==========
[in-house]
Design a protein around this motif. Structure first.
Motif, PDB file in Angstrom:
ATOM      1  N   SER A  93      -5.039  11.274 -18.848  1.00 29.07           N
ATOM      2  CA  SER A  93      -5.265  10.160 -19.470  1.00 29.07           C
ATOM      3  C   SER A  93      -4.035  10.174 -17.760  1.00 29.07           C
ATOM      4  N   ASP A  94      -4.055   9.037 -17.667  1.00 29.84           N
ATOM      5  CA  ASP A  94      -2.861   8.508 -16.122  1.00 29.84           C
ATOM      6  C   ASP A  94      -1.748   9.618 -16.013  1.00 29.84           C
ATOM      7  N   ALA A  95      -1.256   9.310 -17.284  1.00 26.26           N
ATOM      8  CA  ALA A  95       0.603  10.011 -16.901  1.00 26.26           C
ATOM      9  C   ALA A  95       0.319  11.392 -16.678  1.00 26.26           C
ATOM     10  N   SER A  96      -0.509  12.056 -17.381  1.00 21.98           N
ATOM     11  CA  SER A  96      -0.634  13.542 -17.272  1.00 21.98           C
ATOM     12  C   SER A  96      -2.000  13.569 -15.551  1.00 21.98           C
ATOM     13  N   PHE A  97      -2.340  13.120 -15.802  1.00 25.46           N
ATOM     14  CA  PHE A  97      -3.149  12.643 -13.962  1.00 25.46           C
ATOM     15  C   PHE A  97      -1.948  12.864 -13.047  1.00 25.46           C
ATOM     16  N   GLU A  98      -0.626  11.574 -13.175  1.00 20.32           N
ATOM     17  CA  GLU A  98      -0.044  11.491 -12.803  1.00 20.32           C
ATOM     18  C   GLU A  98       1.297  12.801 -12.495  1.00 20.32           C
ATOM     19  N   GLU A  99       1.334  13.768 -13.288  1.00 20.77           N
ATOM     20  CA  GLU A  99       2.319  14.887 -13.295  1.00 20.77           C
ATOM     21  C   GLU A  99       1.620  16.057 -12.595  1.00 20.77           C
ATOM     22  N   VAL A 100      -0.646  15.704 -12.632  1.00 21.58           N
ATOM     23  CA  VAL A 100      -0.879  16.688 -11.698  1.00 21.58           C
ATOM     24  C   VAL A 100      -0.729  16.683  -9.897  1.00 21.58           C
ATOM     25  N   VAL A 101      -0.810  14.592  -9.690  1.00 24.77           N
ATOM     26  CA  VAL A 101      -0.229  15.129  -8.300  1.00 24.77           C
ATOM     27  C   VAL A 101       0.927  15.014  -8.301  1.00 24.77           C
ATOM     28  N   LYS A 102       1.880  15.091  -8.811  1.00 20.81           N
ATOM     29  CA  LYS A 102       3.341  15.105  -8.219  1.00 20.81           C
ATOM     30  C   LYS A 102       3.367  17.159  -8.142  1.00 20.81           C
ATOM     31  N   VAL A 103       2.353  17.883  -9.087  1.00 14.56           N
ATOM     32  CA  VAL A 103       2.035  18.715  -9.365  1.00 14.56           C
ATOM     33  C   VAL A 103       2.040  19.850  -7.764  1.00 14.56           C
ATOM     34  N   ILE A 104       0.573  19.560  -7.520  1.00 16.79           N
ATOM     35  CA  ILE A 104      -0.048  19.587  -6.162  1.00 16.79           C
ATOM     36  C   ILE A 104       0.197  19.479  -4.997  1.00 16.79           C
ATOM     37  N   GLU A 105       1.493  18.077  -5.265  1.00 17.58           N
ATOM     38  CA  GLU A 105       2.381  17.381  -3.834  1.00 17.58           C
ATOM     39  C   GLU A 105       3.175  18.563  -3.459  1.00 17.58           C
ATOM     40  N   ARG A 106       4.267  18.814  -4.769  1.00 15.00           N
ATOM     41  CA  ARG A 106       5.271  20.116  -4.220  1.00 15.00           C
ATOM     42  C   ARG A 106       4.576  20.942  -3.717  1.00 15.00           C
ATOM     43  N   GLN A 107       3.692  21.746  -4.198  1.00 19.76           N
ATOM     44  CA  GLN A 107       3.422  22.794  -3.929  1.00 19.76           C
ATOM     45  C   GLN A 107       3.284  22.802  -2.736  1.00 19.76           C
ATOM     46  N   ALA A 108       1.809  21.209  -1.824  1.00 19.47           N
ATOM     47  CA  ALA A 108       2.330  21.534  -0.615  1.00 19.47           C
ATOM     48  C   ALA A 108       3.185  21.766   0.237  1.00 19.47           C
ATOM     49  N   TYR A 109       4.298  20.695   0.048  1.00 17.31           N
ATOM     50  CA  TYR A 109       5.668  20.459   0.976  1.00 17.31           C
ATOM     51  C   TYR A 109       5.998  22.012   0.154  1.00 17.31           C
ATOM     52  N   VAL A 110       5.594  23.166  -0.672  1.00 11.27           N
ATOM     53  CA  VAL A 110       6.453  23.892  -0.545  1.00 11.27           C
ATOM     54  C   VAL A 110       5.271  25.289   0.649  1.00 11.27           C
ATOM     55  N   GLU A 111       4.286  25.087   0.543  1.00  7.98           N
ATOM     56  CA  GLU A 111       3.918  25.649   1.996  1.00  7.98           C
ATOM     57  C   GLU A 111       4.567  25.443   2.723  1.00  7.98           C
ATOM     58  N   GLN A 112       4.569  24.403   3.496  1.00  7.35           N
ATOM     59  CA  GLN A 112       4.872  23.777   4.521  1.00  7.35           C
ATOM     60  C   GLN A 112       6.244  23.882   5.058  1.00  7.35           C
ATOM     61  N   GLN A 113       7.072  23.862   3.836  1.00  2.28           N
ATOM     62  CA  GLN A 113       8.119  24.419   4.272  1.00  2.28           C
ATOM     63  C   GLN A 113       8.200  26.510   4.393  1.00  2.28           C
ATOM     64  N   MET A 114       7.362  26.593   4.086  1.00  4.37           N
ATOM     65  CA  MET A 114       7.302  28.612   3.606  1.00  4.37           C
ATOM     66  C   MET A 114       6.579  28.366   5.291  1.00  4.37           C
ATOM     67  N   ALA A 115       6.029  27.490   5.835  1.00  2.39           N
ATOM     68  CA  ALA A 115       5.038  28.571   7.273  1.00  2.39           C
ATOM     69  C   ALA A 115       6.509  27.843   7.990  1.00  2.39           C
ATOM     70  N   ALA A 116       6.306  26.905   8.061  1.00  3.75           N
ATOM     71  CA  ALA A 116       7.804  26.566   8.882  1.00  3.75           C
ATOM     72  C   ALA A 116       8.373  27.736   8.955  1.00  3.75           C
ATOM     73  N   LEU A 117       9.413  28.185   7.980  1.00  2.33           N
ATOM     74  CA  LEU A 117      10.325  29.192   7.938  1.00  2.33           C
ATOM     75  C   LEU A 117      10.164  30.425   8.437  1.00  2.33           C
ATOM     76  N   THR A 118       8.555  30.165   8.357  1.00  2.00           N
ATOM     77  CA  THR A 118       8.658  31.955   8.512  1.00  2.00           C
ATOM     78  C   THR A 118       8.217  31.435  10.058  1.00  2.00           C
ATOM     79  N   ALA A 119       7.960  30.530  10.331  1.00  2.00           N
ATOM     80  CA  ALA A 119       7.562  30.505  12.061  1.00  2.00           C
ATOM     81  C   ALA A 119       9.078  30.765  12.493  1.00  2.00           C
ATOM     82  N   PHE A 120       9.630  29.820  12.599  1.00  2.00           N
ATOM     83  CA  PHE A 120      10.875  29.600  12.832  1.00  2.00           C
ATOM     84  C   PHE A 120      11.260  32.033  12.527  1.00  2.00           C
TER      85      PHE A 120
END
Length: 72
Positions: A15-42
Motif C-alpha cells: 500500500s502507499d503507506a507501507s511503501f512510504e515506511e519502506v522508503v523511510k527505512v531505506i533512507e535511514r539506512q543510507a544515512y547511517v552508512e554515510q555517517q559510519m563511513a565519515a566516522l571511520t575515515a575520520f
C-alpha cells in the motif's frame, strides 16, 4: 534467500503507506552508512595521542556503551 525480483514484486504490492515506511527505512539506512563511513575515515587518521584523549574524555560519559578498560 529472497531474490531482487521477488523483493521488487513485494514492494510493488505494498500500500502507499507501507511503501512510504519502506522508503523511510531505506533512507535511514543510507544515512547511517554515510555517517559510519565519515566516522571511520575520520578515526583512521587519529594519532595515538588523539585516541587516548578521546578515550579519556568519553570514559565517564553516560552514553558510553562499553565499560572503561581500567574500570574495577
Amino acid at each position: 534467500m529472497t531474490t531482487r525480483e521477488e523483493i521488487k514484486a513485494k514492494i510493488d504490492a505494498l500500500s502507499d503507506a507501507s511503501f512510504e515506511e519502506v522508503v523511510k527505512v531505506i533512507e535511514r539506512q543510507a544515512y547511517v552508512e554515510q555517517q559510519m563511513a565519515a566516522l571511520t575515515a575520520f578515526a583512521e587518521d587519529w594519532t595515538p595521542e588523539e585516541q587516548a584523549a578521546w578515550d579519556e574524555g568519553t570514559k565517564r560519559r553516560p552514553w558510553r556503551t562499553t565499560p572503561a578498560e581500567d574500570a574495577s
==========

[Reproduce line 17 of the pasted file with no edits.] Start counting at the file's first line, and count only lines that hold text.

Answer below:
ATOM     14  CA  PHE A  97      -3.149  12.643 -13.962  1.00 25.46           C